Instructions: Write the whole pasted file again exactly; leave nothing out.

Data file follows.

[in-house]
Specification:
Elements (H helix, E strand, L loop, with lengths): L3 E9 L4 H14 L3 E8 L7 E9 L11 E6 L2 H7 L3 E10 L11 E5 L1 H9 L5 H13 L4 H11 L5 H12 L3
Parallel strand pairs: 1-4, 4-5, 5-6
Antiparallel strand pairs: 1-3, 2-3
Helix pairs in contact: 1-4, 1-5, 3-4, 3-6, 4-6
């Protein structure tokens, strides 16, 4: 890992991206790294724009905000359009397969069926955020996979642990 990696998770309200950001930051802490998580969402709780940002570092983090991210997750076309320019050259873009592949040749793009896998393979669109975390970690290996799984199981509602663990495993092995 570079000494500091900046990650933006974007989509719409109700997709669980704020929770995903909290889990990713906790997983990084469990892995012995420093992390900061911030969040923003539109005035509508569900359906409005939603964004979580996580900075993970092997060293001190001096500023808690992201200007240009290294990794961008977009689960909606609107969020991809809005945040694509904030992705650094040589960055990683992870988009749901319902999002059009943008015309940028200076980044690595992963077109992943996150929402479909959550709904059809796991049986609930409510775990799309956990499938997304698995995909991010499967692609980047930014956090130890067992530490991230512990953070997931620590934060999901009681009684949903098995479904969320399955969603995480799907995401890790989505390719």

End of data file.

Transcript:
[in-house]
Specification:
Elements (H helix, E strand, L loop, with lengths): L3 E9 L4 H14 L3 E8 L7 E9 L11 E6 L2 H7 L3 E10 L11 E5 L1 H9 L5 H13 L4 H11 L5 H12 L3
Parallel strand pairs: 1-4, 4-5, 5-6
Antiparallel strand pairs: 1-3, 2-3
Helix pairs in contact: 1-4, 1-5, 3-4, 3-6, 4-6
């Protein structure tokens, strides 16, 4: 890992991206790294724009905000359009397969069926955020996979642990 990696998770309200950001930051802490998580969402709780940002570092983090991210997750076309320019050259873009592949040749793009896998393979669109975390970690290996799984199981509602663990495993092995 570079000494500091900046990650933006974007989509719409109700997709669980704020929770995903909290889990990713906790997983990084469990892995012995420093992390900061911030969040923003539109005035509508569900359906409005939603964004979580996580900075993970092997060293001190001096500023808690992201200007240009290294990794961008977009689960909606609107969020991809809005945040694509904030992705650094040589960055990683992870988009749901319902999002059009943008015309940028200076980044690595992963077109992943996150929402479909959550709904059809796991049986609930409510775990799309956990499938997304698995995909991010499967692609980047930014956090130890067992530490991230512990953070997931620590934060999901009681009684949903098995479904969320399955969603995480799907995401890790989505390719």